Management has become concerned about the total cost of market logistics, which can amount to as much as 30 to 40 percent of the product’s cost. In the U.S. grocery business, waste or “shrink” affects 8 to 10 percent of perishable goods, costing $20 billion annually. Stop & Shop, a $16 billion grocery chain, discovered that large, mountainous displays of fruits and veggies and other perishables don’t necessarily equal more sales. Instead it often led to spoilage on the shelf, displeasing customers and requiring more staff to sort out the perished items. After an analysis of the perishable departments, Stop & Shop cut the number of foods on display—8 avocados instead of 24, 4 salmon filets instead of 12, for example—and saved an estimated annual $100 million by reducing shrink and improving customer satisfaction. 69

Many experts call market logistics “the last frontier for cost economies,” and firms are determined to wring every unnecessary cost out of the system: In 1982, logistics represented 14.5 percent of U.S. GDP; by 2012, the share had dropped to about 8.5 percent.70 Lowering these costs yields lower prices, higher profit margins, or both. Even though the cost of market logistics can be high, a well-planned program can be a potent tool in competitive marketing.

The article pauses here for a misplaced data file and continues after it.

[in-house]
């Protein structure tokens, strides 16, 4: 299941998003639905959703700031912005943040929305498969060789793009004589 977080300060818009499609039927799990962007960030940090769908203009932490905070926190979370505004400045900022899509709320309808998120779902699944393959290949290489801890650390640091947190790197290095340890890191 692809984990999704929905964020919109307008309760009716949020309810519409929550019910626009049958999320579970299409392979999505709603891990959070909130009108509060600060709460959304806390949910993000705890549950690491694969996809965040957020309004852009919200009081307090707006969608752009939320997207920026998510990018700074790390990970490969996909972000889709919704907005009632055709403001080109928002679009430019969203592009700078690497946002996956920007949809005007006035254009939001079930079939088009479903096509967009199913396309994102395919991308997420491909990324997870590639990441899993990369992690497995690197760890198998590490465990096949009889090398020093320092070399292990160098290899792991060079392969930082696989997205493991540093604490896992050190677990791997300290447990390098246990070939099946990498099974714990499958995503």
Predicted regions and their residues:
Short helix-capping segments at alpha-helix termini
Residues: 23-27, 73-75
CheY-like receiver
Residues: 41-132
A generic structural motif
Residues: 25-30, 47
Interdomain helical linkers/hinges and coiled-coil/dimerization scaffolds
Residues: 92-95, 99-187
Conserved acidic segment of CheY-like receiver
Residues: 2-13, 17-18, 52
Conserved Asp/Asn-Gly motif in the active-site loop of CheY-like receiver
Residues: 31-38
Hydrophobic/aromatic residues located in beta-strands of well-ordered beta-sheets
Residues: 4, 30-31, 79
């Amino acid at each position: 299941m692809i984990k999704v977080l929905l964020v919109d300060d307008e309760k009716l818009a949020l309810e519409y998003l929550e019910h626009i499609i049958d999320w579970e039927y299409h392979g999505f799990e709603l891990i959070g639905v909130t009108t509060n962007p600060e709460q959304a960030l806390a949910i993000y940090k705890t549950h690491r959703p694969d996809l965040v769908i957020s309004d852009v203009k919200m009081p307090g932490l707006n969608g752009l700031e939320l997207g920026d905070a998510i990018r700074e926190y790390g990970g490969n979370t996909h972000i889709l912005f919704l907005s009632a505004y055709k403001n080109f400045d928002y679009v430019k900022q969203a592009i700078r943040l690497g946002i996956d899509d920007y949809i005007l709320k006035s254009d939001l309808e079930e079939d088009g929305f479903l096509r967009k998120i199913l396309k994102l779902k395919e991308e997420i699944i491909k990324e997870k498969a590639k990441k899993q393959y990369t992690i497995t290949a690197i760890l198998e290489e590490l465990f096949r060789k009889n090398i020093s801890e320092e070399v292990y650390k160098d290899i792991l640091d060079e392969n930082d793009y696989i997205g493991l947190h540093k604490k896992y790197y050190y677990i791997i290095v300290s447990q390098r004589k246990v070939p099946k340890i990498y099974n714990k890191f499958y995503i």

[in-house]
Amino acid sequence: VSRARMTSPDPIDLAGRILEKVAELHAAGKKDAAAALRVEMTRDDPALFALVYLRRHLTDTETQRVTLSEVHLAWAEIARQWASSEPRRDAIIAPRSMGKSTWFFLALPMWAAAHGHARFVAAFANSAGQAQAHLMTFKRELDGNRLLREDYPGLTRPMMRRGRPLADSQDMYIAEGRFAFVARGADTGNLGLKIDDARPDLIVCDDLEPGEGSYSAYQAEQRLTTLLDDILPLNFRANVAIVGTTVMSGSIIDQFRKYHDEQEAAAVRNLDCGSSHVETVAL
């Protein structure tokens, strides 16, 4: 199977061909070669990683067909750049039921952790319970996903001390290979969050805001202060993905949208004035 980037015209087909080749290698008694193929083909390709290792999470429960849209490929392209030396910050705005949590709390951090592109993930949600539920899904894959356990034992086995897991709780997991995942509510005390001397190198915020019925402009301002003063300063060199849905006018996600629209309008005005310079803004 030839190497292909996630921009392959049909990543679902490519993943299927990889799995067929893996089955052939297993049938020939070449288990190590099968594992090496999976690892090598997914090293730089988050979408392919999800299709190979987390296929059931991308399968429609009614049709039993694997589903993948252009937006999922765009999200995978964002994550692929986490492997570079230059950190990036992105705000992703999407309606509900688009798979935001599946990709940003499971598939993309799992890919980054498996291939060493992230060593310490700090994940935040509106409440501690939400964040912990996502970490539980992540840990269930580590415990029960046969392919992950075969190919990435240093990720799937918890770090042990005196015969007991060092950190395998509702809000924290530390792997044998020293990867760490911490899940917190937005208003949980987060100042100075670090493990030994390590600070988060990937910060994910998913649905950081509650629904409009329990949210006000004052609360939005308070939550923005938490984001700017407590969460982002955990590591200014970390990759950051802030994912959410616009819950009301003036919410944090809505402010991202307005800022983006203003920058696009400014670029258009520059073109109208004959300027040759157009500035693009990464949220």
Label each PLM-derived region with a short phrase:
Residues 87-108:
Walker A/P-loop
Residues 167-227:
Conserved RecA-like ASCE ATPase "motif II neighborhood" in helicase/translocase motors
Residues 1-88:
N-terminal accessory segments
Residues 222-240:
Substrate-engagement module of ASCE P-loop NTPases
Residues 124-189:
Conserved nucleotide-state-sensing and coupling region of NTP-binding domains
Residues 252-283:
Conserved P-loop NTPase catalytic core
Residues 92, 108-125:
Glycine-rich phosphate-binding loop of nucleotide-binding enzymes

Many firms are embracing lean manufacturing, originally pioneered by Japanese firms such as Toyota, to produce goods with minimal waste of time, materials, and money. CONMED’s disposable devices are used by a hospital somewhere in the world every 90 seconds to insert and remove fluid around joints during orthoscopic surgery.71

CONMED To streamline production, medical manufacturer CONMED set out to link its operations as closely as possible to the ultimate buyer of its products, applying lean manufacturing and Six Sigma philosophies to boost productivity, improve its use of floor space, and cut inventory. Rather than moving manufacturing to China, which might have lowered labor costs but could have also risked long lead times, inventory buildup, and unanticipated delays, the firm put new production processes into place to assemble its disposable products only after hospitals placed orders. Some 80 percent of orders were predictable enough that demand forecasts updated every few months could set hourly production targets. As proof of CONMED’s new efficiency, the assembly area for fluid-injection devices went from cover­ing 3,300 square feet and stocking $93,000 worth of parts to 650 square feet and $6,000 worth of parts. Output per worker increased 21 percent. Similarly, its shaver blade factory increased production while decreasing costs by as much as 30 percent in some cases.